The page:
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Successful communication with a person who has Alzheimer’s Disease

Alzheimer’s Disease and other forms of dementia diminish a person’s ability to communicate day by day. This can be frustrating for both the patient and their family members, which often leads to unnecessary conflict and miscommunication. When speaking to a person with Alzheimer’s disease, it’s important to be very aware of one’s listening and speaking strategies. This requires a certain level of patience, understanding, and exceptional listening skills. 

Babette Home Care has a specialized program in Alzheimer’s and Dementia Care. We have specialized caregivers who are skilled in caring for Alzheimer’s and Dementia patients. In honor of November being National Alzheimer’s Disease Awareness Month, we’ve put together helpful tips on how to effectively communicate with a person who has early-stage to late-stage symptoms.  

What to expect when speaking to someone with symptoms? 

There are a few changes in the communication to pay attention to when you are speaking to the patient, these can occur if you are visiting in-person or if you are a call/facetime. Some changes you can expect include; 

  • Problems finding the right words 
  • Continuously using familiar words
  • Frequently losing a train of thought 
  • Describing object other than calling them by name 
  • Speaking less often 
  • Relying on gestures to communicate
  • Reverting to speaking a native language 

Tips on what you can do

Early-Stage Communication

In the early stages of Alzheimer’s or Dementia, the person will still be able to have a meaningful conversation and still participate in various social events. The person might start repeating past conversations or stories and experience anxiety when having difficulty remembering words. Tips on how you can help communication. 

  • Be Patient. 
  • Don’t make assumptions based on the person’s diagnosis. The disease affects each person differently at each stage. 
  • Speak directly to the person and not to the caregiver/companion. 
  • Avoid criticizing, correcting, or arguing. 
  • Practice good listening by allowing the person to share their thoughts and feelings as this is a confusing and stressful time. 
  • Find out what the person is comfortable doing in terms of social activities or interactions. 
  • Discuss which form of communication the person prefers (face-to-face, email, or phone)

Mid-Stage Communication

If a person is in the mid-stages of Alzheimer’s or Dementia, that means their ability to communicate has already deteriorated. The symptoms during this stage usually last longer than in the early or late stages. Tips on how you can help communication during mid-stages.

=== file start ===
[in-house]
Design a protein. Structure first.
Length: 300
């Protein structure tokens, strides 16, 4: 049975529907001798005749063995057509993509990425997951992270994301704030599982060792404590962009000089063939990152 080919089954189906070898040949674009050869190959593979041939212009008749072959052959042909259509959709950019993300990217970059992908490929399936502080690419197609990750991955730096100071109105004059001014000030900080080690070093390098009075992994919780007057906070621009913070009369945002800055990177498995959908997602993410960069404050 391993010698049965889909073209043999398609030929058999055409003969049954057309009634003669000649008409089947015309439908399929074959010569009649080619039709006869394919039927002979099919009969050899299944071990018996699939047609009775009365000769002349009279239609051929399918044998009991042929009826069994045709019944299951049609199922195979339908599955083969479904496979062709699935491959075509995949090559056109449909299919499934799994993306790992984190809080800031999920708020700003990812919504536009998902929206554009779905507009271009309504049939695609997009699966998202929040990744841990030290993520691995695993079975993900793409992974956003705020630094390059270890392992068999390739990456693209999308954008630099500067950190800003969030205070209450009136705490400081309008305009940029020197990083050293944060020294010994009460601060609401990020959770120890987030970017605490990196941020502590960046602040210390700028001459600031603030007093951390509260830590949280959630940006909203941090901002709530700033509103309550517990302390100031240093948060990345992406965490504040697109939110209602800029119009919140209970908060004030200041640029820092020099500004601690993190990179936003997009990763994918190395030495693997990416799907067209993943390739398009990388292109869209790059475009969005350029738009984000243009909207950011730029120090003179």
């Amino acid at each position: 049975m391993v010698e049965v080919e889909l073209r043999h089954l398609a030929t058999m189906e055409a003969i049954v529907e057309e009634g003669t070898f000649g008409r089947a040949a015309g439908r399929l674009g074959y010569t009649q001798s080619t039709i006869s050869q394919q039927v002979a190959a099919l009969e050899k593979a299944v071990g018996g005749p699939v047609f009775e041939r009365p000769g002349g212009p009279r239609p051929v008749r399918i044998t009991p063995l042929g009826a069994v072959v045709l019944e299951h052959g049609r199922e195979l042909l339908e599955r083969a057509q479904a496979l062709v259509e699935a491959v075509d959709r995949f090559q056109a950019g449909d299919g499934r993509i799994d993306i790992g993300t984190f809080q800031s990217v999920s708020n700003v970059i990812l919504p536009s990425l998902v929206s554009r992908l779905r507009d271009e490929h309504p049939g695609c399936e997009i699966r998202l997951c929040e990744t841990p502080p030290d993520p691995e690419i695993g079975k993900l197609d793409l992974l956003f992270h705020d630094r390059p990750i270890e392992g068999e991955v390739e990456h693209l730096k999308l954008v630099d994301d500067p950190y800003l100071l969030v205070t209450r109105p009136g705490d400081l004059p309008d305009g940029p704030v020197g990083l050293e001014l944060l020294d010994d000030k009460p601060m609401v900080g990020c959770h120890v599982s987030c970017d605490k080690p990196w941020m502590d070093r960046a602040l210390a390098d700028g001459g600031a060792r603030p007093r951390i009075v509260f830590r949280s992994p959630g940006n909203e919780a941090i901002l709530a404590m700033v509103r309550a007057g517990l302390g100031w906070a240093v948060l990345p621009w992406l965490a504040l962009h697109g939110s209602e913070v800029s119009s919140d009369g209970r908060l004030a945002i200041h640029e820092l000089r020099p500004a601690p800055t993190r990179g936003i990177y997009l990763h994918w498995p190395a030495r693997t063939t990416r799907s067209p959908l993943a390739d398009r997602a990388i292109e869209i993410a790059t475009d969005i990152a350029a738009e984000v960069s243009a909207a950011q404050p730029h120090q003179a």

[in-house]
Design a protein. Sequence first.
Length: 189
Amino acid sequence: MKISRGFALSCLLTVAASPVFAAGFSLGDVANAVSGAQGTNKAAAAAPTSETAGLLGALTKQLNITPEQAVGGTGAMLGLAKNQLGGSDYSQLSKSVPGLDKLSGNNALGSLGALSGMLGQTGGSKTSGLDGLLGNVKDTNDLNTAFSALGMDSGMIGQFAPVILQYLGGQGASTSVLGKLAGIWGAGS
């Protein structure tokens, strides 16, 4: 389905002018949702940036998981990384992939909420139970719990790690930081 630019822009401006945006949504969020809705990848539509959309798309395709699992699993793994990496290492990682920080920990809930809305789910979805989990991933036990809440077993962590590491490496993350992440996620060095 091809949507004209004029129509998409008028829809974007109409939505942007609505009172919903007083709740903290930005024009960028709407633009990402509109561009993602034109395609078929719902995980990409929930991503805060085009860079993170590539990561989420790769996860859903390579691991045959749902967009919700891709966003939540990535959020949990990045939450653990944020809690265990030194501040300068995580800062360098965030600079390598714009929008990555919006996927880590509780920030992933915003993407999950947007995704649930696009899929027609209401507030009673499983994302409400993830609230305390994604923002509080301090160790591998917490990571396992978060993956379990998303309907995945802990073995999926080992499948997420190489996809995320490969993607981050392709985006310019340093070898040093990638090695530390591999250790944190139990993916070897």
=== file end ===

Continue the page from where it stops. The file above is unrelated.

• Have more one-on-one conversations instead of being in group settings.
  • Be in a quiet space that has minimal distractions so that the person won’t feel overwhelmed. 
  • Practice patience and reassure the person. 
  • Ask yes or no questions instead of open-ended questions. For example, “Would you like to eat soup?” rather than “What do you want to eat?”
  • Avoid arguing with the person. 
  • Keep written notes around the house. These could be reminders or certain words they have trouble remembering. 

Late-stage Communication

Late-stage is when the disease has affected the person severely. This could last for weeks or years and around the clock care is needed. In this stage, the person will use more non-verbal styles of communication. Tips on how you can help communication during the late-stages. 

  • Identify yourself to the person and approach the person from the front. 
  • Encourage nonverbal communication, this will help the person get his/her point across easier. 
  • Use different senses such as touch, sights, sounds, smells, and tastes as an alternative form of communication. 
  • This is the stage in which you need the most patience and understanding. 
  • Always treat the person with proper dignity and respect. 
  • Offer comfort when you notice the person is having a hard time expressing themselves. 

Our hope is that these tips will help you and your loved one. When the time comes that your loved one needs home care services, Babette Home Care is here to help and offer professional Alzheimer’s and Dementia programs to support you.

For more information please contact us at https://www.babettehomecare.com/homecare-consultation/ 

For information on our upcoming events please visit: https://www.babettehomecare.com/home/virtualsummit/

This is a FREE online event for all to enjoy. 

Source: https://www.alz.org/help-support/caregiving/daily-care/communications